CASE STUDY

Fee review, tailored benchmarking

Corporate Pension Fund, Europe | August 2019

Engagement at a glance

This investor engaged bfinance to benchmark the fees paid to their external investment managers. As part of the value-for-money analysis, bfinance created tailored benchmarks for each manager.

Client-specific Concerns

This investor is required periodically to review the fees they pay to third-party investment managers. The objective is not to minimise expenses but to ensure that the fees being paid are appropriate. Since the investor intended to conduct fee renegotiations, a key objective was to test value-for-money and provide compelling information and ammunition (where appropriate) for use in those discussions.

 

Outcome

  • bfinance provided detailed benchmarking of performance and fees paid to 14 external managers across 7 asset classes: European Equity, US Equity, Emerging Market Equity, Euro Credit, Euro Asset Backed Securities, Emerging Market Debt and US Loans.

  • Fee analysis included the benchmarking of fees against closely defined peer groups of comparable managers, combining quantitative analysis with qualitative interpretation and insights from bfinance’s manager selection specialists.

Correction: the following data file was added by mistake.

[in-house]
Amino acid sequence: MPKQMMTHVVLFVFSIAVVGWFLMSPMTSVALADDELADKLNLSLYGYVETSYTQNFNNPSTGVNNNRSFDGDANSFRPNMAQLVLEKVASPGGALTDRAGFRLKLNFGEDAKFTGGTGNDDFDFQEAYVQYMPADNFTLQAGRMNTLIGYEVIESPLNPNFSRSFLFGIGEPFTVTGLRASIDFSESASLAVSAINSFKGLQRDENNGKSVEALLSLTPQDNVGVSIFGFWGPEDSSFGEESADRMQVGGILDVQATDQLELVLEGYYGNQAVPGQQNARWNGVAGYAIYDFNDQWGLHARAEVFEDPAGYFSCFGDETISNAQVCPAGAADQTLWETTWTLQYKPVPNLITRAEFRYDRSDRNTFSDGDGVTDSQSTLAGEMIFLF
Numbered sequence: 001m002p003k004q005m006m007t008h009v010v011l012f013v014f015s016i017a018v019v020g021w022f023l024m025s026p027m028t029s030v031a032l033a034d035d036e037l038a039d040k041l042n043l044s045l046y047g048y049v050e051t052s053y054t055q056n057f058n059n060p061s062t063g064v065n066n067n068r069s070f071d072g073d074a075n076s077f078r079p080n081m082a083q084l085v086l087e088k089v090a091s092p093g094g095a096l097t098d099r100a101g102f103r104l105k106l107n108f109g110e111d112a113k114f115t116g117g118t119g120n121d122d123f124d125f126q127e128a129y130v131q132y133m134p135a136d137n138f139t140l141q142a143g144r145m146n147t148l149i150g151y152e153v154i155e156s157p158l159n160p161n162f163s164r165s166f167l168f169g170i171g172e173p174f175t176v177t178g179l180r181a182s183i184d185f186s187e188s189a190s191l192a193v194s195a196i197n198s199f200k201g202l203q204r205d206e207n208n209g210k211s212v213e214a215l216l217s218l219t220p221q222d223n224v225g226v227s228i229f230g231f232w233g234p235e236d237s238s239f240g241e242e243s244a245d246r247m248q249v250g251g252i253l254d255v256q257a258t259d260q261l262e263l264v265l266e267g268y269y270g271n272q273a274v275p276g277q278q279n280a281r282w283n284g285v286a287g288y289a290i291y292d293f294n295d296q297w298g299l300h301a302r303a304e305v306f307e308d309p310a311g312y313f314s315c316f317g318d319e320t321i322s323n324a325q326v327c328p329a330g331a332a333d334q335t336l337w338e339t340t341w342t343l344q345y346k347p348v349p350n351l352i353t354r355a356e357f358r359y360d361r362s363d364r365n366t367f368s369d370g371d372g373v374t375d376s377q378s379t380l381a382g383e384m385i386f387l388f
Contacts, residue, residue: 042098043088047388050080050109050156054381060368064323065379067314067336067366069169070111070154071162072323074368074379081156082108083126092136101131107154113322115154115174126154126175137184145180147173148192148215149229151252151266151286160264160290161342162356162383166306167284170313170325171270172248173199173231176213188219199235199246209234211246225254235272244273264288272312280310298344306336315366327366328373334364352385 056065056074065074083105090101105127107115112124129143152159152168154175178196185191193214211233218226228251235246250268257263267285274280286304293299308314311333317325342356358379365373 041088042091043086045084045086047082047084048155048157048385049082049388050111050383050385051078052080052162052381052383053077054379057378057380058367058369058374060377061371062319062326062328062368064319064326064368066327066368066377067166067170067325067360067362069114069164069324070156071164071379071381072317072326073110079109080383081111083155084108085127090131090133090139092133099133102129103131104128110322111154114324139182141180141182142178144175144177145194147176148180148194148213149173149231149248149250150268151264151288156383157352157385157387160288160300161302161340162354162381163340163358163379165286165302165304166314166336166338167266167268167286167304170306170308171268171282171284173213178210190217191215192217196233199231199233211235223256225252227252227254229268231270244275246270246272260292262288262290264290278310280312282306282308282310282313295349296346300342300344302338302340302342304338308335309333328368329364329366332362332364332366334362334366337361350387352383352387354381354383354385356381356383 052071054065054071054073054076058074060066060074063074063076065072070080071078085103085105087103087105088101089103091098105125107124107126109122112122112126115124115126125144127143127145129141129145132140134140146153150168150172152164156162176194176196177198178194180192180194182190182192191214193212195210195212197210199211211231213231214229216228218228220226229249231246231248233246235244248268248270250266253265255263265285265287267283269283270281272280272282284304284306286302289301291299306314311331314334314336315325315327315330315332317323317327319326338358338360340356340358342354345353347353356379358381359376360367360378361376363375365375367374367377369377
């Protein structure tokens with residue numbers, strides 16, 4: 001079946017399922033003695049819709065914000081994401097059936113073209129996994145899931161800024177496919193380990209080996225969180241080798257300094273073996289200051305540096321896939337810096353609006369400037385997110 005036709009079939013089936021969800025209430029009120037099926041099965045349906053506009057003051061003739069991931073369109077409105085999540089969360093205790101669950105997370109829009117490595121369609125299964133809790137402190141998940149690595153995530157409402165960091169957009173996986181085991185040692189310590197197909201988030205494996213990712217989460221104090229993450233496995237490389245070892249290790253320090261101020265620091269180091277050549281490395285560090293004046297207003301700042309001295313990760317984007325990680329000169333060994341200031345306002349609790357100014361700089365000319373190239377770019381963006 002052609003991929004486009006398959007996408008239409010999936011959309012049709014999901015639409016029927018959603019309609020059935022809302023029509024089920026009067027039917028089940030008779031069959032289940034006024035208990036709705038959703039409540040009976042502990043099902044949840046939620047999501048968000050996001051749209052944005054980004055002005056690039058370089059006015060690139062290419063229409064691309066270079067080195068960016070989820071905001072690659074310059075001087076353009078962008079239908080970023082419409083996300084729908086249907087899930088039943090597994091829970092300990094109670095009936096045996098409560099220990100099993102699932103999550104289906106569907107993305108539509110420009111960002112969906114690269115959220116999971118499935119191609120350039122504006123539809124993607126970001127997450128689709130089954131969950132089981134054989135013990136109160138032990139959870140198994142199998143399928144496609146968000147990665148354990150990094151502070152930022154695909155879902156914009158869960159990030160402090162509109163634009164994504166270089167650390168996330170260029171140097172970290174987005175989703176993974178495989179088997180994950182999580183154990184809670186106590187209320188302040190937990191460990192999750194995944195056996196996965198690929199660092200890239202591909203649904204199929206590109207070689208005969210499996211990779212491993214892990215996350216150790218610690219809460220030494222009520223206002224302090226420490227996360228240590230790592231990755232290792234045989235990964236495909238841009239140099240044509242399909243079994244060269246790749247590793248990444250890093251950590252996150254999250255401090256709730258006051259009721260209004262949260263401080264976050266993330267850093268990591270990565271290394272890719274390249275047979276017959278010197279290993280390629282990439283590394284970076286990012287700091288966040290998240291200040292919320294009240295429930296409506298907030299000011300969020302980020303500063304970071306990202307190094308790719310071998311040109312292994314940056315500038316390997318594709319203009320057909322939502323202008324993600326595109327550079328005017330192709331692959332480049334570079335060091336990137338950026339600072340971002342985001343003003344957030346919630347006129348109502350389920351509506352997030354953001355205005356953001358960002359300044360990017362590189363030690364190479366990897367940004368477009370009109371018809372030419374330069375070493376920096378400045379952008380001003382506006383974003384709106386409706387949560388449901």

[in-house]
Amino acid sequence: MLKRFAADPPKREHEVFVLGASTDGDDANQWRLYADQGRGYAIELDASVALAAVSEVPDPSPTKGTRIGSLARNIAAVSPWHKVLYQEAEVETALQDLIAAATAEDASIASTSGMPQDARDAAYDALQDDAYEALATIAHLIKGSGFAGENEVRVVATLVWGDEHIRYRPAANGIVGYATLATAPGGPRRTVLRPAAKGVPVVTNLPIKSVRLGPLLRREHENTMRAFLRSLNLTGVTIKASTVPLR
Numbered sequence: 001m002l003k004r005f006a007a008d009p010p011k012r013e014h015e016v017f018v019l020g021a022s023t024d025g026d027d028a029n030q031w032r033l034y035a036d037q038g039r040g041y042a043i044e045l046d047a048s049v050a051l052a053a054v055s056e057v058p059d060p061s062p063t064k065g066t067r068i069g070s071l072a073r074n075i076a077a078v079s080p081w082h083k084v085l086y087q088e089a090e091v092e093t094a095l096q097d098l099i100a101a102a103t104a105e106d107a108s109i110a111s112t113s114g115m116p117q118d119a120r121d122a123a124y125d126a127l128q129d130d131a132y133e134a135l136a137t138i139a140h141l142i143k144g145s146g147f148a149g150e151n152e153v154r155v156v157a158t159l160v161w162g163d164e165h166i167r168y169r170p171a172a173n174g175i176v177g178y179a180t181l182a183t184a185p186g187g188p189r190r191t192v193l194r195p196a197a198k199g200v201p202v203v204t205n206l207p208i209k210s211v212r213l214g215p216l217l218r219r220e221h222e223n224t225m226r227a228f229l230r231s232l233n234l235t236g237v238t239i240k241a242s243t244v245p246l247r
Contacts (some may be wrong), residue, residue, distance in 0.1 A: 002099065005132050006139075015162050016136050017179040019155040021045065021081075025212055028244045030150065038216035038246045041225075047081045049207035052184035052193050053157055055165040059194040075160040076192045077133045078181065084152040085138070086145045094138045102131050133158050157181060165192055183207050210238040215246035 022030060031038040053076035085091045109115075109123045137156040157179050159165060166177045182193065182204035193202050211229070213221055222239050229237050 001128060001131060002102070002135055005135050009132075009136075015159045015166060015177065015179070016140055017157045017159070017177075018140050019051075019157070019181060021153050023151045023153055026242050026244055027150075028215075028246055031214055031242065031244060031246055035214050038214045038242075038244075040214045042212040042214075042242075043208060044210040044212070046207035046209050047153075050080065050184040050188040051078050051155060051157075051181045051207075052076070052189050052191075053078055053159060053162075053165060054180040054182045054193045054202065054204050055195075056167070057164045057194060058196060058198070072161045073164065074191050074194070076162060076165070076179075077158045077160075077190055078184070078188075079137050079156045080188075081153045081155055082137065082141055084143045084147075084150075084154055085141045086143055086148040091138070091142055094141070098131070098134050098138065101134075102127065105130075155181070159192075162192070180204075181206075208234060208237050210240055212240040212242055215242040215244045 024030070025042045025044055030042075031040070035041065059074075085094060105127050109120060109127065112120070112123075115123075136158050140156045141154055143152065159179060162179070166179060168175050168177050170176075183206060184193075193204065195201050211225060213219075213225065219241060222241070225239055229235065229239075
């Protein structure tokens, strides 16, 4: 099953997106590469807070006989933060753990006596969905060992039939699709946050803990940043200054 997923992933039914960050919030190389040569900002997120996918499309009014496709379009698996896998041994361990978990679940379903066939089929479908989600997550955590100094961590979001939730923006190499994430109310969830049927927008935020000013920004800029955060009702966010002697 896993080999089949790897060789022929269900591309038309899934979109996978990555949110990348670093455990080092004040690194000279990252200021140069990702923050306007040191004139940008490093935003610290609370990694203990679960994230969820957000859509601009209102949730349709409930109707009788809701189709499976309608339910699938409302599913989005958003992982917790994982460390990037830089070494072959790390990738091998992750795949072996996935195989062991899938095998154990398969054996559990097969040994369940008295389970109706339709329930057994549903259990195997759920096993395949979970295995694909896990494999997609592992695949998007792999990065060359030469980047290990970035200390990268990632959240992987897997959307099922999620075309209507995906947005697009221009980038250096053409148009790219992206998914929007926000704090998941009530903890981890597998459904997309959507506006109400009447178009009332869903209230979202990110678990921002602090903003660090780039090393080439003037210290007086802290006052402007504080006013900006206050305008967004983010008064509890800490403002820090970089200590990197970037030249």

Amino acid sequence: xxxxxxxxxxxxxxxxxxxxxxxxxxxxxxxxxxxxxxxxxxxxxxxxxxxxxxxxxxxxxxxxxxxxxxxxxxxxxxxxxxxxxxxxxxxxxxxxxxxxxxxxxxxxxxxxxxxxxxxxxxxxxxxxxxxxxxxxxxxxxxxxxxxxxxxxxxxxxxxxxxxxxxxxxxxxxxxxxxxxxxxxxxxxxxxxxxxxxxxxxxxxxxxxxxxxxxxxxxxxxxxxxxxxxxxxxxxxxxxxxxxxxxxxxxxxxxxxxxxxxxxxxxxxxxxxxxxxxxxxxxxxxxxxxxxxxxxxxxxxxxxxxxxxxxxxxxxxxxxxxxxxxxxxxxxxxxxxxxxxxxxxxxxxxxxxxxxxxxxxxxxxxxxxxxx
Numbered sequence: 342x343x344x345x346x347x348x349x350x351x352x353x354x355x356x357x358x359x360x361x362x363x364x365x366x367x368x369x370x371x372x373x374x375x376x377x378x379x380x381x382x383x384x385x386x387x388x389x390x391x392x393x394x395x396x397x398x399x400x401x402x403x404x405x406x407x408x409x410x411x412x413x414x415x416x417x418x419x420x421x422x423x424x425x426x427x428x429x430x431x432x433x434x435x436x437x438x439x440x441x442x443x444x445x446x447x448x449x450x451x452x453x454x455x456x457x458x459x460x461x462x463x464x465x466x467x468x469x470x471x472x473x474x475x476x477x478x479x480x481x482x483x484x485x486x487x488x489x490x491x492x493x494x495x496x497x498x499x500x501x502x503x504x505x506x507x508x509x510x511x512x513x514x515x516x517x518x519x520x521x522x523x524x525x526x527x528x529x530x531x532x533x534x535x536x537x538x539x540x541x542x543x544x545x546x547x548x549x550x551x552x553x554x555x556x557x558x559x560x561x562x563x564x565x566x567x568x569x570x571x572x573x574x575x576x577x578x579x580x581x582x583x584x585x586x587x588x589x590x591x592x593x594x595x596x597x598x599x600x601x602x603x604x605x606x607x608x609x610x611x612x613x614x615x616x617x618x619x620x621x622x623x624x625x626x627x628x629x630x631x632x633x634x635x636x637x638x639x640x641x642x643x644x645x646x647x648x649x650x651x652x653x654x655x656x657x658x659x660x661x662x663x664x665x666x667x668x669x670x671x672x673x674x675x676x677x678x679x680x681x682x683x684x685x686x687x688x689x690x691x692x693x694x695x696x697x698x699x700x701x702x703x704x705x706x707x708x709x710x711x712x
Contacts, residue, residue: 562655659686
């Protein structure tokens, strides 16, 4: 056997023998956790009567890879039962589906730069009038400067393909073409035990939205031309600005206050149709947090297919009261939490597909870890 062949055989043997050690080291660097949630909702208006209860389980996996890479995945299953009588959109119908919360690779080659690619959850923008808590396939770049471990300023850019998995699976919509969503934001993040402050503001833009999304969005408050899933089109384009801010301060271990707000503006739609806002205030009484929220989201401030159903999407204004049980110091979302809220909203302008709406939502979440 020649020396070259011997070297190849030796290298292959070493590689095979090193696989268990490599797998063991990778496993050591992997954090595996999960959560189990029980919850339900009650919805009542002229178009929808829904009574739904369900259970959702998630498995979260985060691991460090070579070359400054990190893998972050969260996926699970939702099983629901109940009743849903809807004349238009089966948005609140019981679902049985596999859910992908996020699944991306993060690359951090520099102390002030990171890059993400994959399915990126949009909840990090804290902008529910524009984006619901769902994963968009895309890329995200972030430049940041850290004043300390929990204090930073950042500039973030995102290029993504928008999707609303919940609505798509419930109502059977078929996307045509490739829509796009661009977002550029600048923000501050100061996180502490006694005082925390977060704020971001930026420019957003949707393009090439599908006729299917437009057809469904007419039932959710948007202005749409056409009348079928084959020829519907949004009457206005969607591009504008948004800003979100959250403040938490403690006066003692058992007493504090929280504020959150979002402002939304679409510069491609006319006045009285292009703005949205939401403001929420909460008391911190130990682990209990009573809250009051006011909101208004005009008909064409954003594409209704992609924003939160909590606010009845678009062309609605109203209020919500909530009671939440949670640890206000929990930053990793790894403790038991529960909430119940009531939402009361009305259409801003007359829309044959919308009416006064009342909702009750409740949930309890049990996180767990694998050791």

• Understanding performance – not just the fee level – helps to determine value-for-money and support fee renegotiations. The team examined manager performance relative to ‘tailored benchmarks’ in order to assess the delivery of “beta” exposures, isolate skill beyond beta exposures and provide insight on the consistency of skill. Benchmarks are tailored to the specific manager, reflecting the multiple factor exposures present within their portfolio (e.g. Market, Value, Momentum, Low Vol et al). For example, in the case of an EMD Hard Currency manager, the performance appeared to be impressive but tailored benchmarking revealed that this was largely attributable to a high market beta (1.44) as opposed to alpha. Using the tailored benchmark reduces cumulative manager “alpha” from 6.7% to 1.7%.

 

  • Although the client generally pays competitive fees, this EMD mandate was one of the areas identified for improvement and fact-based renegotiation.




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